MELBOURNE (Reuters) - An Israeli woman who was killed in the Australian city of Melbourne had been on the telephone to her sister when she was followed from public transport and attacked close to the university where she was studying, police said on Thursday.
The body of Aiia Maasarwe, 21, was found by passers-by early on Wednesday near La Trobe University’s Bundoora campus in the northeast of Melbourne, Australia’s second-largest city. Police described her as an Israeli national.
“This is an horrendous crime that has been inflicted on an innocent member of our community,” Detective Inspector Andrew Stamper told a news briefing on Thursday.
“Our presumption is that this was a random attack and opportunistic,” he said.
It was the second time in seven months that a young woman had been killed on her way home at night in Melbourne, which has an active night life and is popular with overseas university students.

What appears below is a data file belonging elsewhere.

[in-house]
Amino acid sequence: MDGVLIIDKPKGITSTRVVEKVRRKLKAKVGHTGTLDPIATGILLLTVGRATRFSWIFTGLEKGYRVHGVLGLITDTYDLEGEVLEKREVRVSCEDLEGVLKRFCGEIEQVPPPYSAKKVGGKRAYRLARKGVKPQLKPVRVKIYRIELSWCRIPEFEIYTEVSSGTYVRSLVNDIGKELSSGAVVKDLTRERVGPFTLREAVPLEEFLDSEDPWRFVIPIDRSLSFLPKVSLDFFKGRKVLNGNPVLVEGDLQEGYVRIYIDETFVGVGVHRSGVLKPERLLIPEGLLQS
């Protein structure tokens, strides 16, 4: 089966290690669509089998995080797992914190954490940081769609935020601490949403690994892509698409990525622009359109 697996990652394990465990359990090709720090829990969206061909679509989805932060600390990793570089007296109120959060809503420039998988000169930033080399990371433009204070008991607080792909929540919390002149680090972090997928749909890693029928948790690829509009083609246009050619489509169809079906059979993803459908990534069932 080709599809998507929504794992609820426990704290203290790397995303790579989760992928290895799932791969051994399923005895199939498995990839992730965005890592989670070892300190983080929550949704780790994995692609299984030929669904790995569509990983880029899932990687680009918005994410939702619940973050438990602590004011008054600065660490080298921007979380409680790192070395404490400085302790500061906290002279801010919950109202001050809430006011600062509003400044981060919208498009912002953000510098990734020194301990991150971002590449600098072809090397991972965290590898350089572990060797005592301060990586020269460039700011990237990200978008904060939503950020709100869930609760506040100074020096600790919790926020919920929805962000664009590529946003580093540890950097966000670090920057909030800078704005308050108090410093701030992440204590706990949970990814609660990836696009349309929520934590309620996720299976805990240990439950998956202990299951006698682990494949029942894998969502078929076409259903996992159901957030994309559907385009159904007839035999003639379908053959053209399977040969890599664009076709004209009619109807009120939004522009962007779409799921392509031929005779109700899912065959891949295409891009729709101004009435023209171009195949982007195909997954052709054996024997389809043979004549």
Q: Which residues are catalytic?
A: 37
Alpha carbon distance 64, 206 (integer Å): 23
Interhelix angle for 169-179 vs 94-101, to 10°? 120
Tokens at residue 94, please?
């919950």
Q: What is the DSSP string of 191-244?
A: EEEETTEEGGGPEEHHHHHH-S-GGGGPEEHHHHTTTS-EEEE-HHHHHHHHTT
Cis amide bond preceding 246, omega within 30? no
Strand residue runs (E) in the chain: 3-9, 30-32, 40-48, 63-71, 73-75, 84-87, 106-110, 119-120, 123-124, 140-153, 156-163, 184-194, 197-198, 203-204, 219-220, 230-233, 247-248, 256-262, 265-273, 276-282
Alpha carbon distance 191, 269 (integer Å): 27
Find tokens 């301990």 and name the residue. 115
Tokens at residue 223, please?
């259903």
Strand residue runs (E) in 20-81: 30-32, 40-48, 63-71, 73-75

Police said Maasarwe had taken a tram home after an evening out seeing a comedy show. She had been speaking with her sister on the phone at the time of the attack and her sister alerted authorities, Stamper said.
“She heard the sound of the fall, the phone falling to the ground and heard some voices and that was it,” he said.
Family members arrived from Israel on Thursday.
Maasarwe had been in Melbourne on a six-month study abroad program as part of a degree at Shanghai University.
Police said forensic testing was being conducted on two pieces of clothing found nearby that they believe was likely to have been left by the person responsible for her death.
In June, 22-year-old Eurydice Dixon was followed as she walked home from performing at a Melbourne comedy club before she was sexually assaulted and killed in a central park.
Dixon’s death provoked an outpouring of grief, with more than 5,000 people attending a vigil at the park, and a wider push by police to acknowledge that women should be free to come home alone late at night and be safe.
More broadly, Australia has been reviewing its policies around violence against women. Sixty-nine women died violently in Australia in 2018, up from 54 in 2017, according to community group Destroy the Joint.
Reporting by Melanie Burton; Editing by Paul Tait